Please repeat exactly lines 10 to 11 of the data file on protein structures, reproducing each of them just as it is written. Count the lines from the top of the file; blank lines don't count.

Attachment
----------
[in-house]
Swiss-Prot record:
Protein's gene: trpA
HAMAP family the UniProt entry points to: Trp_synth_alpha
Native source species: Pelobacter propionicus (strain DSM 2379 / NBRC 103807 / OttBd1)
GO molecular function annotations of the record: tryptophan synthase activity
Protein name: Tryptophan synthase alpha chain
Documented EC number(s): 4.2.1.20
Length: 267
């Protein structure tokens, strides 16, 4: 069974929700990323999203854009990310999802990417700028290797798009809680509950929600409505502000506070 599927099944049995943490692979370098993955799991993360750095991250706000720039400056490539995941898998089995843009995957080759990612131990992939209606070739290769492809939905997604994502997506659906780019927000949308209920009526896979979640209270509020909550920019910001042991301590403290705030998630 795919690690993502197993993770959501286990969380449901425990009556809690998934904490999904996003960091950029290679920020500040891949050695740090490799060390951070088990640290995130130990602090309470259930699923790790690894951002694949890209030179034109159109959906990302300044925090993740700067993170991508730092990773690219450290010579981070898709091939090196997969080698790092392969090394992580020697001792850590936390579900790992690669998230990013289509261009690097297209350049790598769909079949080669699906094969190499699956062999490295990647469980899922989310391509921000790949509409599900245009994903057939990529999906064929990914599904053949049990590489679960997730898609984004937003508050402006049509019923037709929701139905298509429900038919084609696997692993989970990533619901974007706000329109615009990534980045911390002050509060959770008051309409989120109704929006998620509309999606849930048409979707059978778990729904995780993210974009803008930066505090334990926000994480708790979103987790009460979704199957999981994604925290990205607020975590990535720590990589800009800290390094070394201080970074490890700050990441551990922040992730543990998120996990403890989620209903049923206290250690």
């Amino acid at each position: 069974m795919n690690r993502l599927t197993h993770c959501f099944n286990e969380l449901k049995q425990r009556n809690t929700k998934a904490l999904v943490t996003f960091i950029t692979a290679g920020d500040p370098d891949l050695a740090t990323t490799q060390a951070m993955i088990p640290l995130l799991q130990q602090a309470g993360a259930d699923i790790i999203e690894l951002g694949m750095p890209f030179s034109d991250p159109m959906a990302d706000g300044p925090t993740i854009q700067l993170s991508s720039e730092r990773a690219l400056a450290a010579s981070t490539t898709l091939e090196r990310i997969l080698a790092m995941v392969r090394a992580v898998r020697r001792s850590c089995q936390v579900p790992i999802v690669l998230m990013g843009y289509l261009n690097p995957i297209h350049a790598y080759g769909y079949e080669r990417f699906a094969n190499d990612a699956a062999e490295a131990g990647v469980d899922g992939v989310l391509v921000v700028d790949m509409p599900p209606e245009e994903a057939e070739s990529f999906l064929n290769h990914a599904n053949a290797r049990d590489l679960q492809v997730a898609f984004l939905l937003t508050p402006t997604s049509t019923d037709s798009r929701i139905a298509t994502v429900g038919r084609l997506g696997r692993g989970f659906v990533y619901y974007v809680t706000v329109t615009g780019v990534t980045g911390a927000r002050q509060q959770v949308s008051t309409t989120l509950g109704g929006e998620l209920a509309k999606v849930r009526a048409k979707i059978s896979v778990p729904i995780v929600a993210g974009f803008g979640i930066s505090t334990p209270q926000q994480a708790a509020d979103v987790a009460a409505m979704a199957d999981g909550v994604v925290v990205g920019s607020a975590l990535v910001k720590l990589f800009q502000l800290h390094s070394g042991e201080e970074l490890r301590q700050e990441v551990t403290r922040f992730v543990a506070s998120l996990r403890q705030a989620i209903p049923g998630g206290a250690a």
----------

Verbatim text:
């Protein structure tokens, strides 16, 4: 069974929700990323999203854009990310999802990417700028290797798009809680509950929600409505502000506070 599927099944049995943490692979370098993955799991993360750095991250706000720039400056490539995941898998089995843009995957080759990612131990992939209606070739290769492809939905997604994502997506659906780019927000949308209920009526896979979640209270509020909550920019910001042991301590403290705030998630 795919690690993502197993993770959501286990969380449901425990009556809690998934904490999904996003960091950029290679920020500040891949050695740090490799060390951070088990640290995130130990602090309470259930699923790790690894951002694949890209030179034109159109959906990302300044925090993740700067993170991508730092990773690219450290010579981070898709091939090196997969080698790092392969090394992580020697001792850590936390579900790992690669998230990013289509261009690097297209350049790598769909079949080669699906094969190499699956062999490295990647469980899922989310391509921000790949509409599900245009994903057939990529999906064929990914599904053949049990590489679960997730898609984004937003508050402006049509019923037709929701139905298509429900038919084609696997692993989970990533619901974007706000329109615009990534980045911390002050509060959770008051309409989120109704929006998620509309999606849930048409979707059978778990729904995780993210974009803008930066505090334990926000994480708790979103987790009460979704199957999981994604925290990205607020975590990535720590990589800009800290390094070394201080970074490890700050990441551990922040992730543990998120996990403890989620209903049923206290250690």
């Amino acid at each position: 069974m795919n690690r993502l599927t197993h993770c959501f099944n286990e969380l449901k049995q425990r009556n809690t929700k998934a904490l999904v943490t996003f960091i950029t692979a290679g920020d500040p370098d891949l050695a740090t990323t490799q060390a951070m993955i088990p640290l995130l799991q130990q602090a309470g993360a259930d699923i790790i999203e690894l951002g694949m750095p890209f030179s034109d991250p159109m959906a990302d706000g300044p925090t993740i854009q700067l993170s991508s720039e730092r990773a690219l400056a450290a010579s981070t490539t898709l091939e090196r990310i997969l080698a790092m995941v392969r090394a992580v898998r020697r001792s850590c089995q936390v579900p790992i999802v690669l998230m990013g843009y289509l261009n690097p995957i297209h350049a790598y080759g769909y079949e080669r990417f699906a094969n190499d990612a699956a062999e490295a131990g990647v469980d899922g992939v989310l391509v921000v700028d790949m509409p599900p209606e245009e994903a057939e070739s990529f999906l064929n290769h990914a599904n053949a290797r049990d590489l679960q492809v997730a898609f984004l939905l937003t508050p402006t997604s049509t019923d037709s798009r929701i139905a298509t994502v429900g038919r084609l997506g696997r692993g989970f659906v990533y619901y974007v809680t706000v329109t615009g780019v990534t980045g911390a927000r002050q509060q959770v949308s008051t309409t989120l509950g109704g929006e998620l209920a509309k999606v849930r009526a048409k979707i059978s896979v778990p729904i995780v929600a993210g974009f803008g979640i930066s505090t334990p209270q926000q994480a708790a509020d979103v987790a009460a409505m979704a199957d999981g909550v994604v925290v990205g920019s607020a975590l990535v910001k720590l990589f800009q502000l800290h390094s070394g042991e201080e970074l490890r301590q700050e990441v551990t403290r922040f992730v543990a506070s998120l996990r403890q705030a989620i209903p049923g998630g206290a250690a």